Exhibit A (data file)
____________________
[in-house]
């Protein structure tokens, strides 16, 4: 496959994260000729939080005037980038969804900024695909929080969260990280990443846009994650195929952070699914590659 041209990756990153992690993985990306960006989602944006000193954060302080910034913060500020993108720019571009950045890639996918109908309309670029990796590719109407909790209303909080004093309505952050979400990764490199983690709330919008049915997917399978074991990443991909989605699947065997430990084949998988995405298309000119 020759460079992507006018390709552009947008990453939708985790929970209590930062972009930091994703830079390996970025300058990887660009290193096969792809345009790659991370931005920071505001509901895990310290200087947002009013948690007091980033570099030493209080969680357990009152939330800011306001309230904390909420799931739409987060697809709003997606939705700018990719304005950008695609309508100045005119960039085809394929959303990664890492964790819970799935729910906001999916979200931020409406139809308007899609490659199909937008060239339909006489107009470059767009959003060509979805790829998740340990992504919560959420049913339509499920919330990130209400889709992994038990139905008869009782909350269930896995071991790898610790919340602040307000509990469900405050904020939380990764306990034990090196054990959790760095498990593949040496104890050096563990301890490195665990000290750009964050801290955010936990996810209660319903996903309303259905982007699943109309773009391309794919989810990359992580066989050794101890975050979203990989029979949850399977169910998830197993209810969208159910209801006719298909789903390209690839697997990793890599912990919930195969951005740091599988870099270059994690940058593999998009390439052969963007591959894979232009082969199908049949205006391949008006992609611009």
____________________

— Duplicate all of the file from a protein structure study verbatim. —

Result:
[in-house]
């Protein structure tokens, strides 16, 4: 496959994260000729939080005037980038969804900024695909929080969260990280990443846009994650195929952070699914590659 041209990756990153992690993985990306960006989602944006000193954060302080910034913060500020993108720019571009950045890639996918109908309309670029990796590719109407909790209303909080004093309505952050979400990764490199983690709330919008049915997917399978074991990443991909989605699947065997430990084949998988995405298309000119 020759460079992507006018390709552009947008990453939708985790929970209590930062972009930091994703830079390996970025300058990887660009290193096969792809345009790659991370931005920071505001509901895990310290200087947002009013948690007091980033570099030493209080969680357990009152939330800011306001309230904390909420799931739409987060697809709003997606939705700018990719304005950008695609309508100045005119960039085809394929959303990664890492964790819970799935729910906001999916979200931020409406139809308007899609490659199909937008060239339909006489107009470059767009959003060509979805790829998740340990992504919560959420049913339509499920919330990130209400889709992994038990139905008869009782909350269930896995071991790898610790919340602040307000509990469900405050904020939380990764306990034990090196054990959790760095498990593949040496104890050096563990301890490195665990000290750009964050801290955010936990996810209660319903996903309303259905982007699943109309773009391309794919989810990359992580066989050794101890975050979203990989029979949850399977169910998830197993209810969208159910209801006719298909789903390209690839697997990793890599912990919930195969951005740091599988870099270059994690940058593999998009390439052969963007591959894979232009082969199908049949205006391949008006992609611009």